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Psychosis patients 'not getting best care'

People experiencing a first episode of psychosis should be seen within two weeks and get a quality care package.

But Liberal Democrat research indicates that while more people are being seen on time, few get the right treatment.

NHS England said "the analysis inevitably gives only a partial and dated picture of progress".

New care and treatment standards for psychosis were introduced by the Department of Health in April 2016. 

The rules state at least 50% of people experiencing their first episode of psychosis should start a package of care recommended by the National Institute for Health and Care Excellence (NICE) within a fortnight of being referred. 

Norman Lamb, the former Mare Minister who established the care standards, said responses to Freedom of Information requests he had made suggested "the treatment programme is not being properly delivered" in most parts of England. 

While official figures show 72% of patients started their treatment within the two-week target in November 2017, Mr Lamb's figures indicate that fewer than a third of mental health trusts in England were able to offer patients the full NICE package of care. 

Of the 45 mental health trusts that responded:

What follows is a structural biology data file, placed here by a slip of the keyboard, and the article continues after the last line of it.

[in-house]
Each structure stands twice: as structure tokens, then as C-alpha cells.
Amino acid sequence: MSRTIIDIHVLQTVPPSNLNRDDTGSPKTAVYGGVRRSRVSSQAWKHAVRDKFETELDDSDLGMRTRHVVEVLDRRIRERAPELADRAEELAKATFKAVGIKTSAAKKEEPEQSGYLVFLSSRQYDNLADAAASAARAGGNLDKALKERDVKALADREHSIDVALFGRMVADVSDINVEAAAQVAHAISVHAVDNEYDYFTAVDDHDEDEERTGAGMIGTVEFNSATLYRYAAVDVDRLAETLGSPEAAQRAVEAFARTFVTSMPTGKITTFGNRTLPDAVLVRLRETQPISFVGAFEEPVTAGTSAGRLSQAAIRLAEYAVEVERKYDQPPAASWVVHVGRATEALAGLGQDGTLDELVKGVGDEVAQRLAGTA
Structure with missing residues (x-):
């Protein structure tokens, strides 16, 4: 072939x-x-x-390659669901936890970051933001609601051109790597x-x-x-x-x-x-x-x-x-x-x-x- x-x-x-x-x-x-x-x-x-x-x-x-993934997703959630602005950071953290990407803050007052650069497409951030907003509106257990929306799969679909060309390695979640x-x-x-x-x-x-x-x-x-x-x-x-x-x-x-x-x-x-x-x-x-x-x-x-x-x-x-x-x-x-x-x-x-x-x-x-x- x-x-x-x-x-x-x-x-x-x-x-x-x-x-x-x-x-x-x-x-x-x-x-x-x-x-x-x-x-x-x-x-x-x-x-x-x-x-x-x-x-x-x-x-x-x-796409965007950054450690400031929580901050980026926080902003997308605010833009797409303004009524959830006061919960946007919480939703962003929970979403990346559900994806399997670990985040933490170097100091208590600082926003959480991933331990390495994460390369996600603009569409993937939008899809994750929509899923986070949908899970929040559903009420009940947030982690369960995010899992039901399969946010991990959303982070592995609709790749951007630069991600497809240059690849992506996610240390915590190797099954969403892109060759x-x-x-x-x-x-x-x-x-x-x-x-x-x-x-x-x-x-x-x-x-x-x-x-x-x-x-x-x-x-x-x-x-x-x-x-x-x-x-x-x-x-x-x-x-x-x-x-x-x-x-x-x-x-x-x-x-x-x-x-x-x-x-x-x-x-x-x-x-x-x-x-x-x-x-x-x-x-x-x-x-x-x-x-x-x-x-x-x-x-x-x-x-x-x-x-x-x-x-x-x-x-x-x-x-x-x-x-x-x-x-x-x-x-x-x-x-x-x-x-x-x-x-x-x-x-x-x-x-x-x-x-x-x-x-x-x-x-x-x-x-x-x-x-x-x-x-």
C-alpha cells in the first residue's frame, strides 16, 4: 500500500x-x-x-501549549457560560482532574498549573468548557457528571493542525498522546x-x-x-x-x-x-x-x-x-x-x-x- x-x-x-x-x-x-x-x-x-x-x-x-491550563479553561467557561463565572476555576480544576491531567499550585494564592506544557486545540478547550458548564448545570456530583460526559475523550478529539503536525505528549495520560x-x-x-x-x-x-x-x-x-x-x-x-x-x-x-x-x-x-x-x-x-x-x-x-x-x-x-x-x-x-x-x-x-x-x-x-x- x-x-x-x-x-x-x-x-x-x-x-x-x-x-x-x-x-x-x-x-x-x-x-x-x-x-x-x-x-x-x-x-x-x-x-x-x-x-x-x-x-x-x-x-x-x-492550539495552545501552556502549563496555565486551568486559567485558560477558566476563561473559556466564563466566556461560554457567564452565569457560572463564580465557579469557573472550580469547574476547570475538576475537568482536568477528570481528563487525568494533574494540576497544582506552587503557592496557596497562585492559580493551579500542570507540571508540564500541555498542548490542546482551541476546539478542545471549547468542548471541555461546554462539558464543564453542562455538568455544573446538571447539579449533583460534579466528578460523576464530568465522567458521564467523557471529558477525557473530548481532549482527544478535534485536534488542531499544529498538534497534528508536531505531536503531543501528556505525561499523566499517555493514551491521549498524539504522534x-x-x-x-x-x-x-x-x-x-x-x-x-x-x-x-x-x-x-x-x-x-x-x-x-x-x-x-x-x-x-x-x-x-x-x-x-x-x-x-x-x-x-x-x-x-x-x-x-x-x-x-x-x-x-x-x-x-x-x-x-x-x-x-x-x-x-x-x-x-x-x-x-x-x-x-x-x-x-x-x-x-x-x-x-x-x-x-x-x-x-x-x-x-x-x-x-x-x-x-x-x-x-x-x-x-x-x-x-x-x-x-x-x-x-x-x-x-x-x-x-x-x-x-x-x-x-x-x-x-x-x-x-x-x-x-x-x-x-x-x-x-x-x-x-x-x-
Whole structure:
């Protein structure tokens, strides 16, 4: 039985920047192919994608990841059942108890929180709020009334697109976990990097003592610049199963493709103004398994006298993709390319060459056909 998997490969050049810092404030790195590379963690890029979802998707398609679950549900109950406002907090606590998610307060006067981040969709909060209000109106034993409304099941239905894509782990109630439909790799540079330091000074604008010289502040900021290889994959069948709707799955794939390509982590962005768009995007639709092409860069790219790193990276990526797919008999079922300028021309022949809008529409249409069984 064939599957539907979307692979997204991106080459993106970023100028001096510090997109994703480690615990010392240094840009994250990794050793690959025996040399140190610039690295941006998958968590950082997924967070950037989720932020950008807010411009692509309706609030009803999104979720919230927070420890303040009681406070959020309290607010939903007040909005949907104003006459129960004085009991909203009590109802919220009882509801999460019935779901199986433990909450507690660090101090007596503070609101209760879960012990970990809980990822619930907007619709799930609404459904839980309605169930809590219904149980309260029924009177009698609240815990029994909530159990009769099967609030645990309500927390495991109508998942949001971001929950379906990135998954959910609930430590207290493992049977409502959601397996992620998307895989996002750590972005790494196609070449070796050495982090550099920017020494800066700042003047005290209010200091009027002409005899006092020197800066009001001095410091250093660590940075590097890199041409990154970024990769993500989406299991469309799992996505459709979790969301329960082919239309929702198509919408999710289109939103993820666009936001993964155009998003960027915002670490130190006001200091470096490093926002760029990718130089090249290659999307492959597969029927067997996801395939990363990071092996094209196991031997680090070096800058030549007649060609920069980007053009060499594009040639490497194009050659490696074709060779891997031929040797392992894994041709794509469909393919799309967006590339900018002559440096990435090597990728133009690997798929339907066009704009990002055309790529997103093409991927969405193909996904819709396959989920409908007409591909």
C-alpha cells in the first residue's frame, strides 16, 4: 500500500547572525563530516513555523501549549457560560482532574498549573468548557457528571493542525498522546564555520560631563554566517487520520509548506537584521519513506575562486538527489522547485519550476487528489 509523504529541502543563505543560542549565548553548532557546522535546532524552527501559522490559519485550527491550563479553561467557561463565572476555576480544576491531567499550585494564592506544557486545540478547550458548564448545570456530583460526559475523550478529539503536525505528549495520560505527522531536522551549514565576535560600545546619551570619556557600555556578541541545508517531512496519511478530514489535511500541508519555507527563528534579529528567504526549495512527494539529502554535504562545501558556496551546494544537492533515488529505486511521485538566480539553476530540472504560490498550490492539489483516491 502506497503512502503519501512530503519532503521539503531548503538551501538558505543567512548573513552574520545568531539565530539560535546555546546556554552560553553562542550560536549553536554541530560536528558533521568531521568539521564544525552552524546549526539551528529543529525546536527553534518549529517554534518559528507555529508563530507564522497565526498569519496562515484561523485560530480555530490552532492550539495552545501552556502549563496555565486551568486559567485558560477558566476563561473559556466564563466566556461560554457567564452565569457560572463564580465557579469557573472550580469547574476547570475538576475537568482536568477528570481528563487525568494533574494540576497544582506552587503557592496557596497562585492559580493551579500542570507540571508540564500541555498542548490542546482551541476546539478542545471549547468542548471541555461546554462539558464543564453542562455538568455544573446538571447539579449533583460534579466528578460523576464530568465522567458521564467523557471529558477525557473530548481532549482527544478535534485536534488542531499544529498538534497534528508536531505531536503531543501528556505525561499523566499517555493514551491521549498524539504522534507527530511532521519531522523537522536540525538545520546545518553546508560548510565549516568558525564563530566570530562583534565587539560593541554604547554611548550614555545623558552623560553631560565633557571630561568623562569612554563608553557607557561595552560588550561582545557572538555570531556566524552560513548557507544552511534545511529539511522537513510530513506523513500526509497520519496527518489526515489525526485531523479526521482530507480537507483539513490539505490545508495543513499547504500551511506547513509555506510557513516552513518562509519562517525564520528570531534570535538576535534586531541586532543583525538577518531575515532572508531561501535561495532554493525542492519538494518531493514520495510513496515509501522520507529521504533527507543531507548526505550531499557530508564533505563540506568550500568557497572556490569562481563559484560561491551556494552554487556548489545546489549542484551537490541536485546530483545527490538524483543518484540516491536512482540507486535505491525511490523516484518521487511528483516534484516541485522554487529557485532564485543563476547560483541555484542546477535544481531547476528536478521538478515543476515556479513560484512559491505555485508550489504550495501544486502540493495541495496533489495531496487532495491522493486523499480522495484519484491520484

◾12 said they were able to provide the full NICE approved treatment 
◾24 said they were not
◾five said they were making progress 
◾Four didn't provide the information

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The typical treatment involves a combination of anti-psychotic medication, psychological therapies such as cognitive behaviour therapy (CBT) and family or social support. 

"Could we ever imagine a situation where a cancer patient doesn't get the full treatment that the evidence says they need?" asks Mr Lamb rhetorically. 

"The impact on peoples' lives of not making this investment is profound. 

"You are left with - potentially - a miserable life, a life on benefits, a life with difficult relationships. And yet if we make that investment, we can transform lives."

Read original article here:

Conferences of interest:

Clinical Audit for Improvement in Mental Health
Friday 9 February, London


Psychosis and Severe Mental Illness: Recovery through Early Interventions
Friday 25 May, London


2 February 2018


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